Poll: Majority of Britons Support Voter ID Law

Constituents arrive to cast their votes at the Christ the Carpenter church Hall in Peterborough, England on June 6, 2019. - A local by-election was triggered when Peterborough's former MP Fiona Onasanya was sacked by her constituents in the first successful re-call petition prompting a by-election. (Photo by Lindsey Parnaby …
LINDSEY PARNABY/AFP/Getty Images

A poll found that the majority of people in Britain support a government plan that would require voters to present a photo ID at polling stations.

The YouGov survey shows 61 per cent of the British public supported the government’s voter ID plan, as opposed to just 26 per cent who were against the measure. The poll, conducted on October 16th, surveyed 3,497 people across the country.

The results of the poll show that Tory voters were the most likely to support voter ID, with 79 per cent of Conservatives polled supporting the plan. Though Labour voters were less likely than Tories to back voter ID, 48 per cent were in favour compared to 39 per cent against.

Earlier this week, Prime Minister Boris Johnson used the Queen’s Speech to lay out his plan for a new Electoral Integrity Bill.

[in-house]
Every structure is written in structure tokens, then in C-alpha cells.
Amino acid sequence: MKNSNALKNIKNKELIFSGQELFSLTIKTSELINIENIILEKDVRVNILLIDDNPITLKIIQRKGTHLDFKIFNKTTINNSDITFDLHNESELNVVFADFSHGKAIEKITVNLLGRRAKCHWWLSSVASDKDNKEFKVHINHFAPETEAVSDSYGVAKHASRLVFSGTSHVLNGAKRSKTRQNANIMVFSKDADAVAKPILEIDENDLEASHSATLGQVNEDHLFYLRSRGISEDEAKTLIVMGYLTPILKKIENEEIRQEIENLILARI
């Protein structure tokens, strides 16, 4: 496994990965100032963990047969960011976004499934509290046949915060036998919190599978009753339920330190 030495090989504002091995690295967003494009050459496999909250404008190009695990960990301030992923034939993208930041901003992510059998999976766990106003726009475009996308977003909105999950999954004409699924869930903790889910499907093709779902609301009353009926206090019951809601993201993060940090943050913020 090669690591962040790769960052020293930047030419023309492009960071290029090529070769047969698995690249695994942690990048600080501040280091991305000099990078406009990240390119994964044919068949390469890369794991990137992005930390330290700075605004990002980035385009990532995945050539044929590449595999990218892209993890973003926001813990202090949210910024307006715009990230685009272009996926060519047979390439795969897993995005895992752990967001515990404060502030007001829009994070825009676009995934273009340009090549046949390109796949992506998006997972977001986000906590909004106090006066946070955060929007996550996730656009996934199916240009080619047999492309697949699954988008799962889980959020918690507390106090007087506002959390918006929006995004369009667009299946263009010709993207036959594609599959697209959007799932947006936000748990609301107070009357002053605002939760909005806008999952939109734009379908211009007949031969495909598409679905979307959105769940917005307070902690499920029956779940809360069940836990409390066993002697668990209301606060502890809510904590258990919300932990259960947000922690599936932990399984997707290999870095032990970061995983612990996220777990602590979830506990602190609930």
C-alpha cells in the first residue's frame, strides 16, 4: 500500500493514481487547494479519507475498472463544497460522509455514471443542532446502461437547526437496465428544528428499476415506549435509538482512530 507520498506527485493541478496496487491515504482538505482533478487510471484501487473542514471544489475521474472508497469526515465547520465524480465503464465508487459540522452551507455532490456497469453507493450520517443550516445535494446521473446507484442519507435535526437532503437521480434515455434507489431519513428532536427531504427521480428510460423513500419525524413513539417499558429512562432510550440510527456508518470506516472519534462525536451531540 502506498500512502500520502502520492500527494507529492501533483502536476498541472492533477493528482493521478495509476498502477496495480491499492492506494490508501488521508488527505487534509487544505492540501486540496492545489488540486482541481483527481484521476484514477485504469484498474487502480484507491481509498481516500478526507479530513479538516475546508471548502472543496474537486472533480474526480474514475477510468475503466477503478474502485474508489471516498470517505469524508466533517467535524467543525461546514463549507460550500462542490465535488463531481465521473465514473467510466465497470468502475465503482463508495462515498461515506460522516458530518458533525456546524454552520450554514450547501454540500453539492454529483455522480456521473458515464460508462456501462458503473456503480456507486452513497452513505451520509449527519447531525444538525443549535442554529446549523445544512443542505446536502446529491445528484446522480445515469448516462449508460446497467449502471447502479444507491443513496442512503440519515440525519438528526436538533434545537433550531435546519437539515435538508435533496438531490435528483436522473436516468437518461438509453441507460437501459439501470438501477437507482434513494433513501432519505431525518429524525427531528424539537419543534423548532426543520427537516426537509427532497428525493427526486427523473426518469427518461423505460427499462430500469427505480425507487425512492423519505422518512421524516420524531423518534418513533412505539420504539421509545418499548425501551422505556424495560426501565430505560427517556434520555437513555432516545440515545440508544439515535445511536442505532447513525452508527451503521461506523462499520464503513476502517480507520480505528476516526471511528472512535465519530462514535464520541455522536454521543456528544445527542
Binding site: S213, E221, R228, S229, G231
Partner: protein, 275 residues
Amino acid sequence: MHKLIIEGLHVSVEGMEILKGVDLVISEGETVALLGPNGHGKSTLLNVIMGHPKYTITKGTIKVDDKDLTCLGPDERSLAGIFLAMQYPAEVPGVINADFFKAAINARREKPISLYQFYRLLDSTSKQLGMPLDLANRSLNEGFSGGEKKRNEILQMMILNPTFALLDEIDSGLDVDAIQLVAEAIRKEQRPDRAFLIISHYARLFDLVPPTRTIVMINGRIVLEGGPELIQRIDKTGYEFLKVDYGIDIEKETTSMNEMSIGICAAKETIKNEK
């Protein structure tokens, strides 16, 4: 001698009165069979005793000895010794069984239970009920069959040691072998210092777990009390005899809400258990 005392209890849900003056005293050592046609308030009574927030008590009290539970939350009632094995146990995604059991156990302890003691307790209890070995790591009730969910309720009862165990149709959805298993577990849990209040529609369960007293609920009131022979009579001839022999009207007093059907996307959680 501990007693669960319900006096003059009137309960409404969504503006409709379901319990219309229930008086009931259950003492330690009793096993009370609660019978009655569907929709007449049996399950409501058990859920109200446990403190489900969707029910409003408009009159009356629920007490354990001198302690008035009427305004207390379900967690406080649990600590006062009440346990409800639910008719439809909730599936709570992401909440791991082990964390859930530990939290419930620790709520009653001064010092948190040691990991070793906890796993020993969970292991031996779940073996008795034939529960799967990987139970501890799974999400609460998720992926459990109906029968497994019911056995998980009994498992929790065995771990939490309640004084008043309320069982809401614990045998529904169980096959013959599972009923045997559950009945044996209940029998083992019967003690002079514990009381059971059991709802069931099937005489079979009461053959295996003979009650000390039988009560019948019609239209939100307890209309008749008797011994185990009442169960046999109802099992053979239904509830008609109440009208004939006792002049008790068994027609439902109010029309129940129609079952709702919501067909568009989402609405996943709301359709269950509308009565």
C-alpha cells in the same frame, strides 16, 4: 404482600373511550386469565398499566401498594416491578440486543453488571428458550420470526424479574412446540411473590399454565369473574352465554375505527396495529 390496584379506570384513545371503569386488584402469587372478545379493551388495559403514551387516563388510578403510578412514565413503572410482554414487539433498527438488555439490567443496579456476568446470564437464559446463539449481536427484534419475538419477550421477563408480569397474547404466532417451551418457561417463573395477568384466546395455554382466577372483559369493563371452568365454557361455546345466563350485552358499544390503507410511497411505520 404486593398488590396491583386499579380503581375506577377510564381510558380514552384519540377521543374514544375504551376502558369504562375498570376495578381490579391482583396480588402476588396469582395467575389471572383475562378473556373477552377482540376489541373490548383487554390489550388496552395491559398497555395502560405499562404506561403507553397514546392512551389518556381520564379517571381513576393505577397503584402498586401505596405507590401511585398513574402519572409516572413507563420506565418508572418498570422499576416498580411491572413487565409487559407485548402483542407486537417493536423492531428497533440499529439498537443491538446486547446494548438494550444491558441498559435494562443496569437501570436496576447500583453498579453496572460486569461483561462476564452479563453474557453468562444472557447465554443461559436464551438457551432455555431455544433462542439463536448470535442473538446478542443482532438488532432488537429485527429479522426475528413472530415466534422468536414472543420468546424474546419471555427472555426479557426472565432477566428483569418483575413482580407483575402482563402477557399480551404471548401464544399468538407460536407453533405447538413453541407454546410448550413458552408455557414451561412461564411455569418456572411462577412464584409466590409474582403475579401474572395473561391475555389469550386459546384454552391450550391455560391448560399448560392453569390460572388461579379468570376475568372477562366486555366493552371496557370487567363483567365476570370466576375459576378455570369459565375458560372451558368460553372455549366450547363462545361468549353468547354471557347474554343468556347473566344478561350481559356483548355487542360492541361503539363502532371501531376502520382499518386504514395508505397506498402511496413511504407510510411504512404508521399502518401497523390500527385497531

Under the proposed legislation, voters would have to present a photo ID, such as a passport or driver’s licence, before casting a ballot in any future election. Anyone without an approved form of ID would be able to apply for an electoral identity document in their local council for free.

In May, the government conducted a series of ten “voter ID pilots” and less than one per cent were turned away and did not return to vote due to lack of ID.

The bill would also limit proxy voting as well as requiring those registered for a postal vote to re-apply every three years.

A 2016 report commissioned by former Communities Secretary Sir Eric Pickles revealed UK authorities regularly “turn a blind eye” to voter fraud in heavily Muslim areas because of “political correctness”.

In the report, Sir Eric said: “Our nation has a proud heritage as the ‘mother of Parliaments’, yet the worrying and covert spread of electoral fraud and state of denial by some bodies threatens that good reputation. It is time to take action to take on the electoral crooks and defend Britain’s free and fair elections.”

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